• Adult butterflies can camouflage themselves by adapting their body color to the color of the tree trunk in the background.

Reproduction and Life Cycle

These butterflies mate in early spring season, soon after they emerge from hibernation. The males normally select a sunbathed spot as their nest. After a brief courtship ritual in air, the female lays around 30 to 50 eggs in clusters on the branches of the host tree. At first, the eggs are pale yellow in color, which turns to red and eventually becomes black before hatching.

Small, black caterpillars emerge after the eggs are hatched. The caterpillars have white spots on their bodies and a dark, continuous line on the dorsal side.

The newborn caterpillars eat voraciously, consuming the leaves of trees such as willow and elms. The caterpillars grow quickly while experiencing the four molts. They pass through their larval stages and reach the inactive pupal phase. The pupa is enclosed in a gray silk chrysalis which hangs from the branches of the host tree. The adult butterfly comes out of the chrysalis after about 15 days.

Mourning Cloak Caterpillar Picture Picture 4 – Mourning Cloak Caterpillar

Lifespan

The average lifespan of this species of butterfly is about 10 months.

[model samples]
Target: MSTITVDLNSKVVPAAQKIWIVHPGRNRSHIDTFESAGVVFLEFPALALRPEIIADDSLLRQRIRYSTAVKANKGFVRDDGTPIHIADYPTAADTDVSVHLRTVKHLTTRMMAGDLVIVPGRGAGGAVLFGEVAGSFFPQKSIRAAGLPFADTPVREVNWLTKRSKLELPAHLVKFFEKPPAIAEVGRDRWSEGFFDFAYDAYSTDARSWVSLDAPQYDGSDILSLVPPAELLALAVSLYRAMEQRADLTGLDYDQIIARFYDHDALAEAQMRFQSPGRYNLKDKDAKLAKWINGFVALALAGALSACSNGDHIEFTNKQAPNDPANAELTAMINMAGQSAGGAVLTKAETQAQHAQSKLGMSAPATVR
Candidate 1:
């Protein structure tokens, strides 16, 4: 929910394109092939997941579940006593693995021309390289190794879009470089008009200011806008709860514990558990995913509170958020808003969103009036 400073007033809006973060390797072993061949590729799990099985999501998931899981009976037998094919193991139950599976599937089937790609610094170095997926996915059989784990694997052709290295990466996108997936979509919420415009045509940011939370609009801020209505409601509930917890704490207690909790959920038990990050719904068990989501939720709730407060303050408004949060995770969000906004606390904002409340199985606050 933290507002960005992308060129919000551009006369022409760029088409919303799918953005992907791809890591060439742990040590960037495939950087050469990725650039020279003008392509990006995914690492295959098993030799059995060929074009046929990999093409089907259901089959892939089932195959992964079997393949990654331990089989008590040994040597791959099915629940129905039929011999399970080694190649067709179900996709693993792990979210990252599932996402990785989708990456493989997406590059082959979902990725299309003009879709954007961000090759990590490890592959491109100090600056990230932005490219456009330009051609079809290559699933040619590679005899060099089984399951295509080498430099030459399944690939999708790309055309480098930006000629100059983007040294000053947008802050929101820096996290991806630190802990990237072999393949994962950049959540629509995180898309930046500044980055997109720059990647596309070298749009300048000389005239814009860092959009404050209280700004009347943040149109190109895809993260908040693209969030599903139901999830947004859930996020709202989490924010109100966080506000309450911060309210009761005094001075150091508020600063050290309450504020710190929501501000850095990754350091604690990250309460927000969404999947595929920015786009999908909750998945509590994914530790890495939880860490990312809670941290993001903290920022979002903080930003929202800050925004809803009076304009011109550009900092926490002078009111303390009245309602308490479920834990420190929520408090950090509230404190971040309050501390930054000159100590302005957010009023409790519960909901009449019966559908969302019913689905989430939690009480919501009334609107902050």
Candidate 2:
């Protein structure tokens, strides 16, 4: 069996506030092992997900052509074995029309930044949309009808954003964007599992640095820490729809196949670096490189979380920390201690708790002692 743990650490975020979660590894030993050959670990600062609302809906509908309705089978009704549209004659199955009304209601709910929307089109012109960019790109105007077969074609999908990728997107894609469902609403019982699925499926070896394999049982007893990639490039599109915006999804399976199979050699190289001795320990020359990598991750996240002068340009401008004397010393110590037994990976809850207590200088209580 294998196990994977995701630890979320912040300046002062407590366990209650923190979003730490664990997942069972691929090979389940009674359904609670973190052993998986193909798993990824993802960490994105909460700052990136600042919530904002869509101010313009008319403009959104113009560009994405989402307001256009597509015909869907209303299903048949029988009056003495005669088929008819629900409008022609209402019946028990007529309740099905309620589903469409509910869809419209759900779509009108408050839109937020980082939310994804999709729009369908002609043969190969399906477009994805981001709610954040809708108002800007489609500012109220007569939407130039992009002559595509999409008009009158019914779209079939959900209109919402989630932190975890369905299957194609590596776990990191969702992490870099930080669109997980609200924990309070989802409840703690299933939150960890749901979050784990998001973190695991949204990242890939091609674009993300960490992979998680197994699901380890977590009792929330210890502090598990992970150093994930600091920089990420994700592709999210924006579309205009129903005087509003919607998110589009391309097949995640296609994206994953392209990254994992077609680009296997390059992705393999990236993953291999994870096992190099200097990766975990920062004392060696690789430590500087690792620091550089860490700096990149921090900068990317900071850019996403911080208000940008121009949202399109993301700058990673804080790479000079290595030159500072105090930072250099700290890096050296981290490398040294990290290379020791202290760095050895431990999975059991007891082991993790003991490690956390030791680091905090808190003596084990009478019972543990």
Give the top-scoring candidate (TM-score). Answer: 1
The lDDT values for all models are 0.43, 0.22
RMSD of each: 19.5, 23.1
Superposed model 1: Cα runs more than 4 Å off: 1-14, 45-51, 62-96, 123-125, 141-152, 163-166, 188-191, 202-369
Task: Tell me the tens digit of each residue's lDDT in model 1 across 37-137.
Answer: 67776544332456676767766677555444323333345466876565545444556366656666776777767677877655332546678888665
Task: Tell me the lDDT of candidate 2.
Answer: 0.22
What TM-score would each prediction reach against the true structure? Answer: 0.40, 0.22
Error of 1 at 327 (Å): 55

Pet Care

Caring for the Mourning Cloak is rather easy and it is good fun to see the larvae and caterpillar going through the different stages of their life cycle.

Housing: Get a medium to small sized aquarium to house these butterflies. You can also use a net enclosed container or a screened cage. Adorn their home with the host plant Black willow or American elm and place the larvae or caterpillar on it. The plant should be free of any pesticides or harmful chemicals. If it is not so, wash the plants well with water before placing it in the cage.

Feeding: The caterpillar will consume the leaves of the host plant. An adult butterfly will feed on plant sap, nectar and rotting fruits.

Caring: The plant provided for the Mourning Cloak caterpillar should have enough hanging area from where it can hang itself. This is important for the proper growth of the caterpillar into a healthy butterfly.